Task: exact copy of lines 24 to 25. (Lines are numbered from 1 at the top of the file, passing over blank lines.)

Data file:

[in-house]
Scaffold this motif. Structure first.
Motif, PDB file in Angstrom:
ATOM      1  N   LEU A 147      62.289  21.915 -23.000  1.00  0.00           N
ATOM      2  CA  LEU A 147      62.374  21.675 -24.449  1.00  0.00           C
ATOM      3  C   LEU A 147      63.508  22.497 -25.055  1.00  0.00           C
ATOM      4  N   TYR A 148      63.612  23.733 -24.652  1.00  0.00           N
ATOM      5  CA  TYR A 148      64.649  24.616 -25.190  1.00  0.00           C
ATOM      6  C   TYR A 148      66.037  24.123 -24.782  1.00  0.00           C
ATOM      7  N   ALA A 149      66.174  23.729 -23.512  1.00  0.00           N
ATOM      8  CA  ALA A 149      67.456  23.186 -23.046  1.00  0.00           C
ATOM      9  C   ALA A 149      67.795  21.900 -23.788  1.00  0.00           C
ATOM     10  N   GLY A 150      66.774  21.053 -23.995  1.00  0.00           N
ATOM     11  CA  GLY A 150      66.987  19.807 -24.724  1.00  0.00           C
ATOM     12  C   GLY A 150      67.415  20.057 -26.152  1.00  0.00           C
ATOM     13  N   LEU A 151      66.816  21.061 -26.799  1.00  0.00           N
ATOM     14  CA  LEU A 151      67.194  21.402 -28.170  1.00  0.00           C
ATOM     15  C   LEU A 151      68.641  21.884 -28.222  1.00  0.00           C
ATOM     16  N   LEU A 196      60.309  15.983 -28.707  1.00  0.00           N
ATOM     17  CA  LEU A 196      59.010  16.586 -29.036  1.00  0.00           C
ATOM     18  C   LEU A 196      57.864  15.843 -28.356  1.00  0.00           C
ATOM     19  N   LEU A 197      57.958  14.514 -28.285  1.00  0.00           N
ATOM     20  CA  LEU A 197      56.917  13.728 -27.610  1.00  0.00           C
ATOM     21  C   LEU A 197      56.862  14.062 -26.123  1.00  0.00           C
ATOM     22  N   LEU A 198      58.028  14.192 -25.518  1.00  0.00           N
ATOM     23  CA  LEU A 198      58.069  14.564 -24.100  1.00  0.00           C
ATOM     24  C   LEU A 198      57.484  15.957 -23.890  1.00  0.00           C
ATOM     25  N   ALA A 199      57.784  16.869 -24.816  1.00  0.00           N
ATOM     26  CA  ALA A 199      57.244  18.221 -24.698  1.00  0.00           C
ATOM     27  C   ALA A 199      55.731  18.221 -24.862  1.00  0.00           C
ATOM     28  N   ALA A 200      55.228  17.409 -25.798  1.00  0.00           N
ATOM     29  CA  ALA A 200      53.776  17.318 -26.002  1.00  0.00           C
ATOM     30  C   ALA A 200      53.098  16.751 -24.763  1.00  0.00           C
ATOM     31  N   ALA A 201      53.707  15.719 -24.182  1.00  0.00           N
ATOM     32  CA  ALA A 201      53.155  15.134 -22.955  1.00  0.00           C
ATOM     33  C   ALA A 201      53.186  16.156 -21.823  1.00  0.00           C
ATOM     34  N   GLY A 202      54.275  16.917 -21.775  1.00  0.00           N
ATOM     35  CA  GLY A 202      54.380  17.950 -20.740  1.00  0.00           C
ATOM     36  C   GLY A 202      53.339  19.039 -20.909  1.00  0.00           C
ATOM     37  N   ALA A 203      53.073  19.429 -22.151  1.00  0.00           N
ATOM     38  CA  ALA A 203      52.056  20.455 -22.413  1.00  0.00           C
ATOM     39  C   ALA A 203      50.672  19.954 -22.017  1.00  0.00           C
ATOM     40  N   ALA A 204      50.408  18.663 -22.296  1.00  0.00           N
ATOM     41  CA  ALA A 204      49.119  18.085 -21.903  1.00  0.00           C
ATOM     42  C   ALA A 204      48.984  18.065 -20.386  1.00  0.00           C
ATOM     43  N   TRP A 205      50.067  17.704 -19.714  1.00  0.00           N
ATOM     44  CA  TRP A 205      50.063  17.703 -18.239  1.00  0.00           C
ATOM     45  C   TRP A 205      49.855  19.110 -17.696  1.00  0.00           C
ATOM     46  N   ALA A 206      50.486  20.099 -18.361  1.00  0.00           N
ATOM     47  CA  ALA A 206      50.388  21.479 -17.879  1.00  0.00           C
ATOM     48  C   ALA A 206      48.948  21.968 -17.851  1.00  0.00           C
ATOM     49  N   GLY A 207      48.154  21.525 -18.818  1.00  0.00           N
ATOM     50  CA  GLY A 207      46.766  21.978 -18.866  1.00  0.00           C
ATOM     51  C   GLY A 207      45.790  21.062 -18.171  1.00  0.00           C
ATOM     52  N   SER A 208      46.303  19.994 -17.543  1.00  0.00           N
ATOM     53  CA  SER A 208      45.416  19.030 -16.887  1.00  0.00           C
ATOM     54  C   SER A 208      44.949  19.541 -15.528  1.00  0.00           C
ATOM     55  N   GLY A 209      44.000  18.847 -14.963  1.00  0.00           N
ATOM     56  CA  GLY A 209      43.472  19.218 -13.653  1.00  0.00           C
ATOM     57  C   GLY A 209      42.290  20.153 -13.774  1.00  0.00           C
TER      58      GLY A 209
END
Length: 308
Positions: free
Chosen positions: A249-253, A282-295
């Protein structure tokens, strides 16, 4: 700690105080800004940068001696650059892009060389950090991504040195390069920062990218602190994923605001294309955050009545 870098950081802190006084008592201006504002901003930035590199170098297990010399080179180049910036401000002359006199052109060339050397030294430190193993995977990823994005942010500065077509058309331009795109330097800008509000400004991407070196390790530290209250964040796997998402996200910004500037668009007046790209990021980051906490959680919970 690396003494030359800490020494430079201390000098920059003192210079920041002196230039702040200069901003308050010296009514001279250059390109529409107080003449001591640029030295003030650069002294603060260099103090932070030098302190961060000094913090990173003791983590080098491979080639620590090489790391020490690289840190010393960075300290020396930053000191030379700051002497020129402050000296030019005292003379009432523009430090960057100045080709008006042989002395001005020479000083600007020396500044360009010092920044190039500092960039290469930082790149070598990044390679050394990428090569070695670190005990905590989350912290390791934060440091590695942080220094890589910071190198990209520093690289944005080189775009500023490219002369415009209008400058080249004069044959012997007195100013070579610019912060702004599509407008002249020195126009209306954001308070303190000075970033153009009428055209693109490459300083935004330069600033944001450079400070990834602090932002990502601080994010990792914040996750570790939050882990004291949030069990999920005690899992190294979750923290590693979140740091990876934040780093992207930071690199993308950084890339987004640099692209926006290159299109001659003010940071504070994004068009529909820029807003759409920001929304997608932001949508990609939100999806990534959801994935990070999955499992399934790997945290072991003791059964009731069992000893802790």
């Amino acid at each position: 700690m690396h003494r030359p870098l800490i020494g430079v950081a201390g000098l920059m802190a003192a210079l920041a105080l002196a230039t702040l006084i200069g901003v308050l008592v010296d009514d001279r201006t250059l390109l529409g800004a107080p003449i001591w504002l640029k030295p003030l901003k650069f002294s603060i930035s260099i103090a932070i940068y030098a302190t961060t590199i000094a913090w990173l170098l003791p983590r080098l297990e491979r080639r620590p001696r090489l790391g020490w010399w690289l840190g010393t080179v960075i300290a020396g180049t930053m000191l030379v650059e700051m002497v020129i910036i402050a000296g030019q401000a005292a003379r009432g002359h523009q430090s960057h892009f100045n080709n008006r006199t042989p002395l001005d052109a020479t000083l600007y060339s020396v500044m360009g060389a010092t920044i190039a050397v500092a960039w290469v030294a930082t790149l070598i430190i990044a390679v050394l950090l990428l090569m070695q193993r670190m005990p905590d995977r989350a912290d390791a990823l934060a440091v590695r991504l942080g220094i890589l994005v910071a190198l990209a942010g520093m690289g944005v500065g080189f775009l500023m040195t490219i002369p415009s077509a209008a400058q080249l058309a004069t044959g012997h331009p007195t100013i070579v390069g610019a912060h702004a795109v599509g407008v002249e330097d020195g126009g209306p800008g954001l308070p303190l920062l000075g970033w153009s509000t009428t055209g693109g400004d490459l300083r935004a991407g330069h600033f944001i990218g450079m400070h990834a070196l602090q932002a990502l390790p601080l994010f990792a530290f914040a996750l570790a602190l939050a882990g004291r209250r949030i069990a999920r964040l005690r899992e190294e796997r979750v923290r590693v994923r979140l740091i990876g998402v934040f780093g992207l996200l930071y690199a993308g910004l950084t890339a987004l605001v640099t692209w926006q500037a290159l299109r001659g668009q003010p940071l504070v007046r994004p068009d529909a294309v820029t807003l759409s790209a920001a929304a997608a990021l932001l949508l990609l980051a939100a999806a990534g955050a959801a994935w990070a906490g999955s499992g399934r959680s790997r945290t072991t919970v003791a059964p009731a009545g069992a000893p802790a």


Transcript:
ATOM     21  C   LEU A 197      56.862  14.062 -26.123  1.00  0.00           C
ATOM     22  N   LEU A 198      58.028  14.192 -25.518  1.00  0.00           N